The aggregate deterrent

Something odd here.

Example 1:

On 15th July 1948, amid great trumpetings, at the hottest moment of the first Berlin crisis, President Truman ordered sixty B-29 atomic bombers to bases in Britain. An alternative version of that is: Ernie Bevin and Clem Attlee sidled up to the Americans, and said, “Wouldn’t it be a neat idea?” Somehow an agreement came about.

Except, under the Atomic Energy Act of 1946, Truman didn’t have that power. The bombs remained in the United States, under civilian control. Not all the aircraft despatched were nuke-capable. At worst, what arrived in Britain were “pumpkins”, the concrete-filled dummies used to practise loading and unloading.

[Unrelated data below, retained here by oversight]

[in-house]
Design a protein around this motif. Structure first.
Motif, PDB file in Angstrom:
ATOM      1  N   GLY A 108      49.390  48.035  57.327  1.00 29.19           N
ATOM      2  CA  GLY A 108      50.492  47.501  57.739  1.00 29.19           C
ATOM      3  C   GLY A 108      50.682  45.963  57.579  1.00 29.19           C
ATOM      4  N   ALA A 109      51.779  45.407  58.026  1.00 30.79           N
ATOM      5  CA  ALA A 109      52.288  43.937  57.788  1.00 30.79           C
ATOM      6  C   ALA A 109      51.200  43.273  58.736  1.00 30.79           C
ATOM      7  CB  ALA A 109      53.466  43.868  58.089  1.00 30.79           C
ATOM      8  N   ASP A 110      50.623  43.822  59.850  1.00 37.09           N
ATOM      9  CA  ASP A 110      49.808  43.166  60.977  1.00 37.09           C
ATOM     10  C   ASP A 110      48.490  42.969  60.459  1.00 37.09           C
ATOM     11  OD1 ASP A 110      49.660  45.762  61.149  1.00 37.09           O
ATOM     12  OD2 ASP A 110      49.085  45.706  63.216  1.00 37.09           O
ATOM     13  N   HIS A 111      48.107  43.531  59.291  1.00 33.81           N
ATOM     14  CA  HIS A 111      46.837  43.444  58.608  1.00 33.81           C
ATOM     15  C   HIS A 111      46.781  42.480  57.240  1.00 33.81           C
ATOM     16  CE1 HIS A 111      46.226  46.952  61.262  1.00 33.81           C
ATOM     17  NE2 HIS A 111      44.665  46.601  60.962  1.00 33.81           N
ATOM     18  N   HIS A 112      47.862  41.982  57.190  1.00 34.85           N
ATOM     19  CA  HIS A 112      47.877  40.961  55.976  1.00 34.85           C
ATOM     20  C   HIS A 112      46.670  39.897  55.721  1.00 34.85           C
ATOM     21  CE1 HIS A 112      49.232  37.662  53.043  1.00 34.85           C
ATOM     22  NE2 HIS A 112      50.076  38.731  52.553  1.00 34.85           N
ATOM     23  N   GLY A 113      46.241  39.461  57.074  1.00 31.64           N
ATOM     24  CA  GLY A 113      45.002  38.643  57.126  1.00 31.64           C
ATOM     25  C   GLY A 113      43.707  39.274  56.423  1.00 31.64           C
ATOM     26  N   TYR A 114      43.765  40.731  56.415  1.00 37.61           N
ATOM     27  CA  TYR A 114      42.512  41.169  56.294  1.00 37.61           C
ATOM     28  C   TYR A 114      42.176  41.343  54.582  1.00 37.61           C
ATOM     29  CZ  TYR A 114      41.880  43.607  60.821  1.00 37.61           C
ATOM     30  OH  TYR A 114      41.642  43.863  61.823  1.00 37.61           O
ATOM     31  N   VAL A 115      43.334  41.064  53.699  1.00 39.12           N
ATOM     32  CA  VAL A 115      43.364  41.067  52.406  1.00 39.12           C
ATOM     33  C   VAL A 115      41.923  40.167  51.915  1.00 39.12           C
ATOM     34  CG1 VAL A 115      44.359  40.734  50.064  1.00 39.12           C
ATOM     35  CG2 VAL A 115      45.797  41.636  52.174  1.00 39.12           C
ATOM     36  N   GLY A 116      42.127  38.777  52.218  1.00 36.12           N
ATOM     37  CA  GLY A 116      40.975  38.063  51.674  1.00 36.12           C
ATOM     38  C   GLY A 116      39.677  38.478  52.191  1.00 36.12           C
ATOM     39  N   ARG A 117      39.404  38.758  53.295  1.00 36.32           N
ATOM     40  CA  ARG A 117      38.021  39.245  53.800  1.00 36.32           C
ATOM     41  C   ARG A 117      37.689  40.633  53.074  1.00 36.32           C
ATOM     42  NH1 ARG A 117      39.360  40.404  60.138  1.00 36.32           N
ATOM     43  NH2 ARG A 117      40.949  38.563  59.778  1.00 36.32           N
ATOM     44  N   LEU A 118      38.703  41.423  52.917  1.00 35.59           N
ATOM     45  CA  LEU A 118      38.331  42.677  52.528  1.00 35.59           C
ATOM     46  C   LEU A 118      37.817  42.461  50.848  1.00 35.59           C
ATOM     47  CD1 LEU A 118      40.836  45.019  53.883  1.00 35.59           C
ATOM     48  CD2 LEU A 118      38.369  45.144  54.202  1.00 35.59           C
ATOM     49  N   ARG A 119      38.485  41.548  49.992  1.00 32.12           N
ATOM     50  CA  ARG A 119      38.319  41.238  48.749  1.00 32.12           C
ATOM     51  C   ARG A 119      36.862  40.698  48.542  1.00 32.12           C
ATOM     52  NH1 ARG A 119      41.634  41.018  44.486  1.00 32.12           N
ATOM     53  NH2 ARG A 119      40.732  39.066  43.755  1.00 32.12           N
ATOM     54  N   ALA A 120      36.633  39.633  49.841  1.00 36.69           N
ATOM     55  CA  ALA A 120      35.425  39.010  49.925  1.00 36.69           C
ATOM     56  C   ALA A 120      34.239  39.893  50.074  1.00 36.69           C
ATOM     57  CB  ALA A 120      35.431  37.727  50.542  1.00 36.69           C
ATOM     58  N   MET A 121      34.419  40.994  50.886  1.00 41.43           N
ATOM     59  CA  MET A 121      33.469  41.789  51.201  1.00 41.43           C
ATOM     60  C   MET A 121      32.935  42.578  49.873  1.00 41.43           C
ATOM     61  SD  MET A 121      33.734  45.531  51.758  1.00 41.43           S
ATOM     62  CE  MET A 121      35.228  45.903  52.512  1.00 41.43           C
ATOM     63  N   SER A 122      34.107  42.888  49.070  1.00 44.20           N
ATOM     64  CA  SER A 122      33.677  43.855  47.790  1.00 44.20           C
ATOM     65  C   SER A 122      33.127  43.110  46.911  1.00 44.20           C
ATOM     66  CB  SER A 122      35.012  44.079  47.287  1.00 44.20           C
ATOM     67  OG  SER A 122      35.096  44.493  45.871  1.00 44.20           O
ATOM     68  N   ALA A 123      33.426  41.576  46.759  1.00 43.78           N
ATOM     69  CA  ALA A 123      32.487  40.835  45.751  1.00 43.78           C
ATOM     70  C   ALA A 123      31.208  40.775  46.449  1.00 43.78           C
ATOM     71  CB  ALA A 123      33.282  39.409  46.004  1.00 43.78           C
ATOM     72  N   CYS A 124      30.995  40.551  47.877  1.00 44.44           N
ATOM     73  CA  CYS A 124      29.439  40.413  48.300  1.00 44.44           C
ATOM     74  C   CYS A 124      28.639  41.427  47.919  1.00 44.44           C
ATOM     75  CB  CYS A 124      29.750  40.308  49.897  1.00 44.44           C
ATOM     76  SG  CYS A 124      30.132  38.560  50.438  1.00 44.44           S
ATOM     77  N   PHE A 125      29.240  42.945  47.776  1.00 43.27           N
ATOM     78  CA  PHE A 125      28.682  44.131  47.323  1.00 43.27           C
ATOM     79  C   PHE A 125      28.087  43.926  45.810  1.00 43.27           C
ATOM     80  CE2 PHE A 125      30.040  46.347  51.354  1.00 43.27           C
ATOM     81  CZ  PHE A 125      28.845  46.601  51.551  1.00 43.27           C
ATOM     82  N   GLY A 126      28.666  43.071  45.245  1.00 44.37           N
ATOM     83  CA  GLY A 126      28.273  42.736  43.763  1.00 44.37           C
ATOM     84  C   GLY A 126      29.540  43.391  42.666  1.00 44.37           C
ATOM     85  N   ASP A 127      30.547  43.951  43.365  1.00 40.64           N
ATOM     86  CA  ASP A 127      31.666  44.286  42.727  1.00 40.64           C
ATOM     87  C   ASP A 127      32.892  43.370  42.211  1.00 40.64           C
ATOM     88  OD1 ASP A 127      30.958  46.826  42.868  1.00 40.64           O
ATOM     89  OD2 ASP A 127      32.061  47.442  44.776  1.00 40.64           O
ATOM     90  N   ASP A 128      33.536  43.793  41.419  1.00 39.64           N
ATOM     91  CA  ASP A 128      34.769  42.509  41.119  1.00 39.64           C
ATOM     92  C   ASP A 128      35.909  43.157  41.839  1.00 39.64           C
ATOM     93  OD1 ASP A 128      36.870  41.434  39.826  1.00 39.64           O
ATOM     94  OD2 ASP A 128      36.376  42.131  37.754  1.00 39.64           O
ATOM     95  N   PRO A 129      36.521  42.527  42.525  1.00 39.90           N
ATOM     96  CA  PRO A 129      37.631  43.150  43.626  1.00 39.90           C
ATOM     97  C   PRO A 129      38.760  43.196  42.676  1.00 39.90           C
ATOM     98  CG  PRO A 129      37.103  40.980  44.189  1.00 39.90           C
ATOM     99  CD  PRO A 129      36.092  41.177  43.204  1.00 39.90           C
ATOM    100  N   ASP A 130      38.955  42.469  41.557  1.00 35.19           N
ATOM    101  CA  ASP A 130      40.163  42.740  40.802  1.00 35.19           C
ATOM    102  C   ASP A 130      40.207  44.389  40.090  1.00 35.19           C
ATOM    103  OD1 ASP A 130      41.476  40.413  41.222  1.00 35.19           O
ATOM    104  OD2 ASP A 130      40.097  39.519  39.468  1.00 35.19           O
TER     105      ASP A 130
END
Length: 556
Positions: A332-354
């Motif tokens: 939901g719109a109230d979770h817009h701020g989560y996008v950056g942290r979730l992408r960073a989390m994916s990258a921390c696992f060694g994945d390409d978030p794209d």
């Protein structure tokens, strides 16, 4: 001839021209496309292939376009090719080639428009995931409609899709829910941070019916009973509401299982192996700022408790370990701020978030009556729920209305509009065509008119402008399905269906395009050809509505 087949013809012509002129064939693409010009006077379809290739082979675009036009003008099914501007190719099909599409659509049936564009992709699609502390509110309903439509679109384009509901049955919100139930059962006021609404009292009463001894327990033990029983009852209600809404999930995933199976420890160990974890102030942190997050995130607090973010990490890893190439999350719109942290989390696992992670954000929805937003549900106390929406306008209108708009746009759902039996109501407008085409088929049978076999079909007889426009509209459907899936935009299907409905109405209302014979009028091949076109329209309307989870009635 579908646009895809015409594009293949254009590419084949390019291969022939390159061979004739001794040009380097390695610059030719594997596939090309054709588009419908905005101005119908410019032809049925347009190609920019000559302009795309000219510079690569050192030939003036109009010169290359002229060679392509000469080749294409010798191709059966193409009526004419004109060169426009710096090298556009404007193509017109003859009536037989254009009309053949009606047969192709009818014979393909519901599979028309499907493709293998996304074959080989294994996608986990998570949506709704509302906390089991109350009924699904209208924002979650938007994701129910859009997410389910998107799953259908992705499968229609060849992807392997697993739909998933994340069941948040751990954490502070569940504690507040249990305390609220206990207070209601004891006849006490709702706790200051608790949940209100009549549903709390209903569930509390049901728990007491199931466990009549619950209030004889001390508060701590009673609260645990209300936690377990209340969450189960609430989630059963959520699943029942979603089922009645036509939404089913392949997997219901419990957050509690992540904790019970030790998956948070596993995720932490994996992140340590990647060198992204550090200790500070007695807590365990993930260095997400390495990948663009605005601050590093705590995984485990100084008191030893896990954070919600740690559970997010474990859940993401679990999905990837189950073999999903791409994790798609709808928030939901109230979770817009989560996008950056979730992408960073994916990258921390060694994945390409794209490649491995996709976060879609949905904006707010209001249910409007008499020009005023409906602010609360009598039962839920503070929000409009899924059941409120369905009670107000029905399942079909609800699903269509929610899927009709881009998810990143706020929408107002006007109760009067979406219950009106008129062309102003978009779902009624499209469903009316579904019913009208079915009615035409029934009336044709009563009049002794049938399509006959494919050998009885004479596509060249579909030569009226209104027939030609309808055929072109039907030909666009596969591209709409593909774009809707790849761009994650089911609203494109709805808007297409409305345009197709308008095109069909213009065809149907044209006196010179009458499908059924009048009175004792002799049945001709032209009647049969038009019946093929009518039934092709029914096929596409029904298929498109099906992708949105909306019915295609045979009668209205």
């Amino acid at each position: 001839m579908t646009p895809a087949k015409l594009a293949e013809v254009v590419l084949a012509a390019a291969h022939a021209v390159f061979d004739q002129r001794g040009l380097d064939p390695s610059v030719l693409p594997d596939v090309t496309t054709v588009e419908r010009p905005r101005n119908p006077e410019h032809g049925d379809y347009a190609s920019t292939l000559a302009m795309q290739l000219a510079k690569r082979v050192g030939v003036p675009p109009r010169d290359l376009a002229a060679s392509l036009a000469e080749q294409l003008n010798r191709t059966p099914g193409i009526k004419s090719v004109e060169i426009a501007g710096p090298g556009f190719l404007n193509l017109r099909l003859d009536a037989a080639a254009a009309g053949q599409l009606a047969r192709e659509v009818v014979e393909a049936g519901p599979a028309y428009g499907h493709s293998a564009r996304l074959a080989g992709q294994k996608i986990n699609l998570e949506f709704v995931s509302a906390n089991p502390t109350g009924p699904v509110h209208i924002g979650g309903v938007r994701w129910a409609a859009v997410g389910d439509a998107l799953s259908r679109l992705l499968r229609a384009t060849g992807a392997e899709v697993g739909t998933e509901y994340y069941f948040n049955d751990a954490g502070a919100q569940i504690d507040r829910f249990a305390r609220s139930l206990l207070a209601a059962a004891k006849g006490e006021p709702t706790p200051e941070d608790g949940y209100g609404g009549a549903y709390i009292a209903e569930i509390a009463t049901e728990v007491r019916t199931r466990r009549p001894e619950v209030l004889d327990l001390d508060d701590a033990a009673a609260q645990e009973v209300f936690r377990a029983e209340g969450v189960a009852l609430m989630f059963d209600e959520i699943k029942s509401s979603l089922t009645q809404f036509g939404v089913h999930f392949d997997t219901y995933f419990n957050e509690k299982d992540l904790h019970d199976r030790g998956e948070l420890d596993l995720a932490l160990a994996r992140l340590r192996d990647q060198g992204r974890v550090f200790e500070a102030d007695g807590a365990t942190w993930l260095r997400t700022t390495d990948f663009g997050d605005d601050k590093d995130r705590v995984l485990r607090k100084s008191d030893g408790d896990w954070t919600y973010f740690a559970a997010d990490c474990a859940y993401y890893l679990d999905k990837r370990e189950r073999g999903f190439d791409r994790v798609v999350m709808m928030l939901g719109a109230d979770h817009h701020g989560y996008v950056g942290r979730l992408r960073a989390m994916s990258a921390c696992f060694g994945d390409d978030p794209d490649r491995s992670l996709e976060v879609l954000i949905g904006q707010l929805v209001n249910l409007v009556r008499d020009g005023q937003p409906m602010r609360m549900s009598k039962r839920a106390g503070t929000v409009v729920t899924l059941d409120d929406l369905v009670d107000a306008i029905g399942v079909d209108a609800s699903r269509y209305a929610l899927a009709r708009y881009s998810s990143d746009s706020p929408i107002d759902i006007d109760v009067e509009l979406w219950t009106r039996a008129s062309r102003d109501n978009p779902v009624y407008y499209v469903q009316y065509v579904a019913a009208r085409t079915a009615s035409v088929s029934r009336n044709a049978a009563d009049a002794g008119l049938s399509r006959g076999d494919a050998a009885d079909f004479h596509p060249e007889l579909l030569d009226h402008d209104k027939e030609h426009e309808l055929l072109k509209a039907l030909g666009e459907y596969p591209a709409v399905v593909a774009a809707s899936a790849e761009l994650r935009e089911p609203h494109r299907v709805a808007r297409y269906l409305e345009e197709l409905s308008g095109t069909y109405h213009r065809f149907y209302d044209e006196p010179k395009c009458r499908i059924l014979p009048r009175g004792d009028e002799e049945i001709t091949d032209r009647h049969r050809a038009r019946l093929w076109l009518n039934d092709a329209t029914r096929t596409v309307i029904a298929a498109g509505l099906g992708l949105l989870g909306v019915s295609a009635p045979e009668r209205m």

Somehow, nobody noticed the difference.

Example 2:

After 1968 Britain threw large chunks of the defence budget at a submarine-based deterrent. Four Resolution-class nuclear-powered submarines would each mount sixteen Polaris missiles. The war-heads were derived from the WE177 device, and were designed and built in the United Kingdom. Mass wavings of the Union flag, if you’d be so kind.

Allegedly, and we know how these things proceed in Britain, deliveries ran late.

Resolution and its mates went to sea with less than their designed weaponry. To keep the balance of the boat, more concrete warheads were loaded.

Similar stories were muttered when Chevaline came along in 1982.

And we are to believe the Soviets (and their derivations) weren’t up to similar dissimulations?


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Filed under Britain, politics, Truman

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